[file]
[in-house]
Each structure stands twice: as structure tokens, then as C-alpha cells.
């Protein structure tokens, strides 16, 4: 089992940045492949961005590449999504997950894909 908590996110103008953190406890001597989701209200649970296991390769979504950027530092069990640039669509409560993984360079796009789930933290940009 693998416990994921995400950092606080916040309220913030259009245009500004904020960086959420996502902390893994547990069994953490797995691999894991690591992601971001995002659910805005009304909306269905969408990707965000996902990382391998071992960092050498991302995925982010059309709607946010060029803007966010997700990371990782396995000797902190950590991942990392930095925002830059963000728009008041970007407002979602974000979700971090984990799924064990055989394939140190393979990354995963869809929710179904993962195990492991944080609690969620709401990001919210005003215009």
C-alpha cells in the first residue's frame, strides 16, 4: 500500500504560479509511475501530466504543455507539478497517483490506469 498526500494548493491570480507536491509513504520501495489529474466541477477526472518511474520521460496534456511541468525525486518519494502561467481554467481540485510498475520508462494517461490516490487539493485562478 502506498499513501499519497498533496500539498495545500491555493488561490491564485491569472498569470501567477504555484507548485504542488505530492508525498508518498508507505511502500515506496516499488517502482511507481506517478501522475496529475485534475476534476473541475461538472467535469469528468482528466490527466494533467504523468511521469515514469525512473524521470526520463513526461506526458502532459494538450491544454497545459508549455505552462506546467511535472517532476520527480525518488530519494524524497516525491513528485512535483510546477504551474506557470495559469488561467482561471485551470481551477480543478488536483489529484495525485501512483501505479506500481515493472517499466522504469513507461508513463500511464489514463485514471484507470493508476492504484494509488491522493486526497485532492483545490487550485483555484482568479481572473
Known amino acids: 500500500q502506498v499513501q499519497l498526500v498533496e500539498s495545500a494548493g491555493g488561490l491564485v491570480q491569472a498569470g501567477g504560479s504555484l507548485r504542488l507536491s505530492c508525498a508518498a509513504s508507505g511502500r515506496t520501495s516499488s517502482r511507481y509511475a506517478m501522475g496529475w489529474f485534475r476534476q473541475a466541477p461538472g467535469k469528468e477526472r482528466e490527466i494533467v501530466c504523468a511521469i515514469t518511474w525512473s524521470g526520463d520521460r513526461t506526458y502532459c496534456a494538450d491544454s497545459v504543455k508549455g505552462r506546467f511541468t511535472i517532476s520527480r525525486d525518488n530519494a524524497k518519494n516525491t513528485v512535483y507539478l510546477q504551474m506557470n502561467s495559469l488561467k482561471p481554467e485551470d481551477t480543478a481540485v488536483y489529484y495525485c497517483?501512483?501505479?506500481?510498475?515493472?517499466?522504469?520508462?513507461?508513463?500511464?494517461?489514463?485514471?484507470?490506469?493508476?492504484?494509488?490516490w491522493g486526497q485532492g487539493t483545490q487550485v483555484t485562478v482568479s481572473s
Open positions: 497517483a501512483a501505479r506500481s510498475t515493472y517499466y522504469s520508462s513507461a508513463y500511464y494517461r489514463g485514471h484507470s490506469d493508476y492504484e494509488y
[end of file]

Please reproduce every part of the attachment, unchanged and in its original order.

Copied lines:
[in-house]
Each structure stands twice: as structure tokens, then as C-alpha cells.
């Protein structure tokens, strides 16, 4: 089992940045492949961005590449999504997950894909 908590996110103008953190406890001597989701209200649970296991390769979504950027530092069990640039669509409560993984360079796009789930933290940009 693998416990994921995400950092606080916040309220913030259009245009500004904020960086959420996502902390893994547990069994953490797995691999894991690591992601971001995002659910805005009304909306269905969408990707965000996902990382391998071992960092050498991302995925982010059309709607946010060029803007966010997700990371990782396995000797902190950590991942990392930095925002830059963000728009008041970007407002979602974000979700971090984990799924064990055989394939140190393979990354995963869809929710179904993962195990492991944080609690969620709401990001919210005003215009």
C-alpha cells in the first residue's frame, strides 16, 4: 500500500504560479509511475501530466504543455507539478497517483490506469 498526500494548493491570480507536491509513504520501495489529474466541477477526472518511474520521460496534456511541468525525486518519494502561467481554467481540485510498475520508462494517461490516490487539493485562478 502506498499513501499519497498533496500539498495545500491555493488561490491564485491569472498569470501567477504555484507548485504542488505530492508525498508518498508507505511502500515506496516499488517502482511507481506517478501522475496529475485534475476534476473541475461538472467535469469528468482528466490527466494533467504523468511521469515514469525512473524521470526520463513526461506526458502532459494538450491544454497545459508549455505552462506546467511535472517532476520527480525518488530519494524524497516525491513528485512535483510546477504551474506557470495559469488561467482561471485551470481551477480543478488536483489529484495525485501512483501505479506500481515493472517499466522504469513507461508513463500511464489514463485514471484507470493508476492504484494509488491522493486526497485532492483545490487550485483555484482568479481572473
Known amino acids: 500500500q502506498v499513501q499519497l498526500v498533496e500539498s495545500a494548493g491555493g488561490l491564485v491570480q491569472a498569470g501567477g504560479s504555484l507548485r504542488l507536491s505530492c508525498a508518498a509513504s508507505g511502500r515506496t520501495s516499488s517502482r511507481y509511475a506517478m501522475g496529475w489529474f485534475r476534476q473541475a466541477p461538472g467535469k469528468e477526472r482528466e490527466i494533467v501530466c504523468a511521469i515514469t518511474w525512473s524521470g526520463d520521460r513526461t506526458y502532459c496534456a494538450d491544454s497545459v504543455k508549455g505552462r506546467f511541468t511535472i517532476s520527480r525525486d525518488n530519494a524524497k518519494n516525491t513528485v512535483y507539478l510546477q504551474m506557470n502561467s495559469l488561467k482561471p481554467e485551470d481551477t480543478a481540485v488536483y489529484y495525485c497517483?501512483?501505479?506500481?510498475?515493472?517499466?522504469?520508462?513507461?508513463?500511464?494517461?489514463?485514471?484507470?490506469?493508476?492504484?494509488?490516490w491522493g486526497q485532492g487539493t483545490q487550485v483555484t485562478v482568479s481572473s
Open positions: 497517483a501512483a501505479r506500481s510498475t515493472y517499466y522504469s520508462s513507461a508513463y500511464y494517461r489514463g485514471h484507470s490506469d493508476y492504484e494509488y